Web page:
Sometimes when angling, I get the sense that not all fish are the same, even when they’re the same species, seem to be the same size, appear to be the same sex, and have been caught within the same hour of the same fishing excursion. For example, one fish is particularly feisty, and a real treat to bring in, while others have very little fight and kind of make me think I’ve caught a ‘log bass’ (aka, snag). A recent study suggests it may not be my imagination playing ticks on me. Researchers from the University of Eastern Finland (Härkönen et al. 2014) have found evidence that not all brown trout of the same age class and sex behave the same.
Schindler and Smol Hill Times Column Above is a link to the PDF of an opinion piece by two eminent biologists, David Schindler and John P. Smol, that was published yesterday in the Hill Times regarding the need to restore the Fisheries Act to its full strength. It mentions an announcement, coming from the government in the next few weeks, that they will be reviewing environmental protections weakened by the Harper government.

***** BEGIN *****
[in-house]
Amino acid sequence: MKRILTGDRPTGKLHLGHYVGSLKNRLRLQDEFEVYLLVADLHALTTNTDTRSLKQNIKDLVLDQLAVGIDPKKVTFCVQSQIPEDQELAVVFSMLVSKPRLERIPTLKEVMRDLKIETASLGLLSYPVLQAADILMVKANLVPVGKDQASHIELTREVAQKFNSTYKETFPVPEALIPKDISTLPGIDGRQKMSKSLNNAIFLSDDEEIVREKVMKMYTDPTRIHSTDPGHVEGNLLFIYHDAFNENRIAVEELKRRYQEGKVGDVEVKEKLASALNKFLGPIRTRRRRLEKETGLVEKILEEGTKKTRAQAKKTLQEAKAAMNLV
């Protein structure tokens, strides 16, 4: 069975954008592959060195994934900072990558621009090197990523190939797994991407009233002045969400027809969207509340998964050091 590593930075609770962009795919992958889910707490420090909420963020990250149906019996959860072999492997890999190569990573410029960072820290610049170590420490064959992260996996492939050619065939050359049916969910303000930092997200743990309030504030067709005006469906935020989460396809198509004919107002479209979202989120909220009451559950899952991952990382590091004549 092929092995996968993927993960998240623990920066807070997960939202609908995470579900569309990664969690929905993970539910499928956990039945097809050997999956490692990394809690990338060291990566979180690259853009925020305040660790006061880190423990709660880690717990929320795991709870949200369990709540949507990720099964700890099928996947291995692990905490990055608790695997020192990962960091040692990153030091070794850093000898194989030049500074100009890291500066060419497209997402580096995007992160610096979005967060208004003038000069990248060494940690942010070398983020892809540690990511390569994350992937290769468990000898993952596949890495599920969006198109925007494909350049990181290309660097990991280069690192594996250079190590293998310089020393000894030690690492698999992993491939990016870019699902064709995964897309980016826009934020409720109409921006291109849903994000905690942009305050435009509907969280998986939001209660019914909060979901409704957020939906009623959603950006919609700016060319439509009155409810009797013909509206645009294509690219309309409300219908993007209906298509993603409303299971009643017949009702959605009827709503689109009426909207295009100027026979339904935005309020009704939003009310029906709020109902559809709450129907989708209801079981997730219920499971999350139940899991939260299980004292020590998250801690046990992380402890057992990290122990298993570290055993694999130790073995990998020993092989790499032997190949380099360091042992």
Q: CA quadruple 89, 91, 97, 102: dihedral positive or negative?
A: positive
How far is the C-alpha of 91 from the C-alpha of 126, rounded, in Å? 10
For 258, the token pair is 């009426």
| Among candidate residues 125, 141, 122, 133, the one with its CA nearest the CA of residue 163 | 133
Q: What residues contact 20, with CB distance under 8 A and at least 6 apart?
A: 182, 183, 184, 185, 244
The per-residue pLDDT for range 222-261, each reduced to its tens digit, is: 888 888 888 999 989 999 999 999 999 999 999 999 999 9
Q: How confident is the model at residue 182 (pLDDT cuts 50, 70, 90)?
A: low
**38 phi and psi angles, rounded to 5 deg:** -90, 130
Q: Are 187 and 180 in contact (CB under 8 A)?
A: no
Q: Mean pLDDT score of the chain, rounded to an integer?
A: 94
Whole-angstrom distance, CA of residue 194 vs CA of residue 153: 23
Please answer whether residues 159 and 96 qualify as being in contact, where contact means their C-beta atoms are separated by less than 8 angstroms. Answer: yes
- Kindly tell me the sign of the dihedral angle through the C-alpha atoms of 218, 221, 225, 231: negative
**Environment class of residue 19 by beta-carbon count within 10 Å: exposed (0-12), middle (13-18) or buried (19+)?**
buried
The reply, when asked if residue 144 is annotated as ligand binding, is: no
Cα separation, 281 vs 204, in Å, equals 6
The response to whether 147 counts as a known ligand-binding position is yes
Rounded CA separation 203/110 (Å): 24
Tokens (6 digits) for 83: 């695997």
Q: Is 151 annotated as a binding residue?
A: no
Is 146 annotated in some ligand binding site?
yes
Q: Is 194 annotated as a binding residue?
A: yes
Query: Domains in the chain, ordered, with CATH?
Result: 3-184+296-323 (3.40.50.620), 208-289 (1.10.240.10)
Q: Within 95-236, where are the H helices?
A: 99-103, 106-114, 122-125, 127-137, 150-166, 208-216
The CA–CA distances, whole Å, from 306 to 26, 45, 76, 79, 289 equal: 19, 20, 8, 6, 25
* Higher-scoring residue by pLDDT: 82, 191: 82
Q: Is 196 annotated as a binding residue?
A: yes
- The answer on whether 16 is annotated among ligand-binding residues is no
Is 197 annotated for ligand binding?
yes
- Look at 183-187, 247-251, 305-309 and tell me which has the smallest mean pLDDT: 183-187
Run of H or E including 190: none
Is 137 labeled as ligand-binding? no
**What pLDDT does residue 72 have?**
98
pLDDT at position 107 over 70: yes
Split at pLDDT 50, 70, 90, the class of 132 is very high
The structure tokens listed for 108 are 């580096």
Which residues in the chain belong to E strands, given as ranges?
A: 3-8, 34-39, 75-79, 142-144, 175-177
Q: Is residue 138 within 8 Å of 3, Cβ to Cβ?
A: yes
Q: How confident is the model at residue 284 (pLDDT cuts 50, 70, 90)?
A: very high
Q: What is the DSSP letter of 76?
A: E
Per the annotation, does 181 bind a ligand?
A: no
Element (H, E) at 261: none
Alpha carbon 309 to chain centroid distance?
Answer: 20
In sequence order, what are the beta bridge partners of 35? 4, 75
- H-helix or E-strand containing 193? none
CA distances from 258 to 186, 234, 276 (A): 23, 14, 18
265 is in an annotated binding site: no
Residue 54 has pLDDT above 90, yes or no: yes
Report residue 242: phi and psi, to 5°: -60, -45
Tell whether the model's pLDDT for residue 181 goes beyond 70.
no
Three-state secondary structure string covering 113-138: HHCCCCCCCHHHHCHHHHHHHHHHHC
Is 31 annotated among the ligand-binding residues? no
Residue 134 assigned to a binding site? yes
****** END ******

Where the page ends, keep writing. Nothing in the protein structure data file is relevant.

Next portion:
To deal with hourly and seasonal changes in energy demand some hydro-electric dams change the flow of water through the dam. This is called hydro-peaking, and high energy demand results in peaks in river flow during the day. At night however, when everyone is asleep, discharge from the dam is reduced. Along with flow, water level changes, and habitats that are underwater at sunset may dry out overnight. A recent study by Kennedy et al. (2016) decided to find out what that means for aquatic insects that lay their eggs in the rivers affected by hydro-peaking. They recruited rafting groups to set up light-traps at sunset to catch egg-laying adults. The use of “citizen scientists” was necessary to obtain the amount of data they